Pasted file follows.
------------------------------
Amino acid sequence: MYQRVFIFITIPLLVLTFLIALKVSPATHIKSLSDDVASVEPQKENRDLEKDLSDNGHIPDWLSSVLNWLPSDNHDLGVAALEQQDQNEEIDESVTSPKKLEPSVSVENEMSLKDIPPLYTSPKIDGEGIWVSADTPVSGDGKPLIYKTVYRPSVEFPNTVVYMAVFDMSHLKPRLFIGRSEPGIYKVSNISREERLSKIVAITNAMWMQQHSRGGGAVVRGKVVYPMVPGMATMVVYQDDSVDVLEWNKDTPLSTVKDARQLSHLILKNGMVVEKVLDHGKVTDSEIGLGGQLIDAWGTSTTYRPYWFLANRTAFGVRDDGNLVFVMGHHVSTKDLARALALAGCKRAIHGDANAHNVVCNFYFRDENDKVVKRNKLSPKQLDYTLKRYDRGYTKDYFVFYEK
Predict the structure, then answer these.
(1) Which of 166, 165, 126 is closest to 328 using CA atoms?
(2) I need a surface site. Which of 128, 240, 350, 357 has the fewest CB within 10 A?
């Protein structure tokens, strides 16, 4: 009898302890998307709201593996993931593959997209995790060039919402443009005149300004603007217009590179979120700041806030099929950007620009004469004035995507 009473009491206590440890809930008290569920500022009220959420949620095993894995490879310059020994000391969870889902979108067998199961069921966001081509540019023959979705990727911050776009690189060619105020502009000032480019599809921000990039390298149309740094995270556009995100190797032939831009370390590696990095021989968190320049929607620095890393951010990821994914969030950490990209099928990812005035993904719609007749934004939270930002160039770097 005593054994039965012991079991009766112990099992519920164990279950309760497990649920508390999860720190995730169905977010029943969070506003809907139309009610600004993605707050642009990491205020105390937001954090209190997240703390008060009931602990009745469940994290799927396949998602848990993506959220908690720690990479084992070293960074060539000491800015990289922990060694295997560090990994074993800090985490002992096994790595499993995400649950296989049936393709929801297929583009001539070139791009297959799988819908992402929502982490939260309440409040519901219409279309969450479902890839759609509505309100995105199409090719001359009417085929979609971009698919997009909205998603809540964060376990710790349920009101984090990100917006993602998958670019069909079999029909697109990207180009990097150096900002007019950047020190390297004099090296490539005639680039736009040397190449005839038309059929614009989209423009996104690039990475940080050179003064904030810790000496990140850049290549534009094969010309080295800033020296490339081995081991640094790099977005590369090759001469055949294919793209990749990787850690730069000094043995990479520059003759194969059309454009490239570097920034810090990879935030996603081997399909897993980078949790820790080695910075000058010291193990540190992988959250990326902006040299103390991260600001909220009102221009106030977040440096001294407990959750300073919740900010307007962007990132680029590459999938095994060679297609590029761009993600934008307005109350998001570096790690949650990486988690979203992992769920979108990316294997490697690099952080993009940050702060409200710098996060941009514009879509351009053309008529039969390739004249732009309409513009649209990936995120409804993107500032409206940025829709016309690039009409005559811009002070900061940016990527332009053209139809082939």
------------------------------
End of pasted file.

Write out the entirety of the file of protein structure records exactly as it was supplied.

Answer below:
Amino acid sequence: MYQRVFIFITIPLLVLTFLIALKVSPATHIKSLSDDVASVEPQKENRDLEKDLSDNGHIPDWLSSVLNWLPSDNHDLGVAALEQQDQNEEIDESVTSPKKLEPSVSVENEMSLKDIPPLYTSPKIDGEGIWVSADTPVSGDGKPLIYKTVYRPSVEFPNTVVYMAVFDMSHLKPRLFIGRSEPGIYKVSNISREERLSKIVAITNAMWMQQHSRGGGAVVRGKVVYPMVPGMATMVVYQDDSVDVLEWNKDTPLSTVKDARQLSHLILKNGMVVEKVLDHGKVTDSEIGLGGQLIDAWGTSTTYRPYWFLANRTAFGVRDDGNLVFVMGHHVSTKDLARALALAGCKRAIHGDANAHNVVCNFYFRDENDKVVKRNKLSPKQLDYTLKRYDRGYTKDYFVFYEK
Predict the structure, then answer these.
(1) Which of 166, 165, 126 is closest to 328 using CA atoms?
(2) I need a surface site. Which of 128, 240, 350, 357 has the fewest CB within 10 A?
């Protein structure tokens, strides 16, 4: 009898302890998307709201593996993931593959997209995790060039919402443009005149300004603007217009590179979120700041806030099929950007620009004469004035995507 009473009491206590440890809930008290569920500022009220959420949620095993894995490879310059020994000391969870889902979108067998199961069921966001081509540019023959979705990727911050776009690189060619105020502009000032480019599809921000990039390298149309740094995270556009995100190797032939831009370390590696990095021989968190320049929607620095890393951010990821994914969030950490990209099928990812005035993904719609007749934004939270930002160039770097 005593054994039965012991079991009766112990099992519920164990279950309760497990649920508390999860720190995730169905977010029943969070506003809907139309009610600004993605707050642009990491205020105390937001954090209190997240703390008060009931602990009745469940994290799927396949998602848990993506959220908690720690990479084992070293960074060539000491800015990289922990060694295997560090990994074993800090985490002992096994790595499993995400649950296989049936393709929801297929583009001539070139791009297959799988819908992402929502982490939260309440409040519901219409279309969450479902890839759609509505309100995105199409090719001359009417085929979609971009698919997009909205998603809540964060376990710790349920009101984090990100917006993602998958670019069909079999029909697109990207180009990097150096900002007019950047020190390297004099090296490539005639680039736009040397190449005839038309059929614009989209423009996104690039990475940080050179003064904030810790000496990140850049290549534009094969010309080295800033020296490339081995081991640094790099977005590369090759001469055949294919793209990749990787850690730069000094043995990479520059003759194969059309454009490239570097920034810090990879935030996603081997399909897993980078949790820790080695910075000058010291193990540190992988959250990326902006040299103390991260600001909220009102221009106030977040440096001294407990959750300073919740900010307007962007990132680029590459999938095994060679297609590029761009993600934008307005109350998001570096790690949650990486988690979203992992769920979108990316294997490697690099952080993009940050702060409200710098996060941009514009879509351009053309008529039969390739004249732009309409513009649209990936995120409804993107500032409206940025829709016309690039009409005559811009002070900061940016990527332009053209139809082939």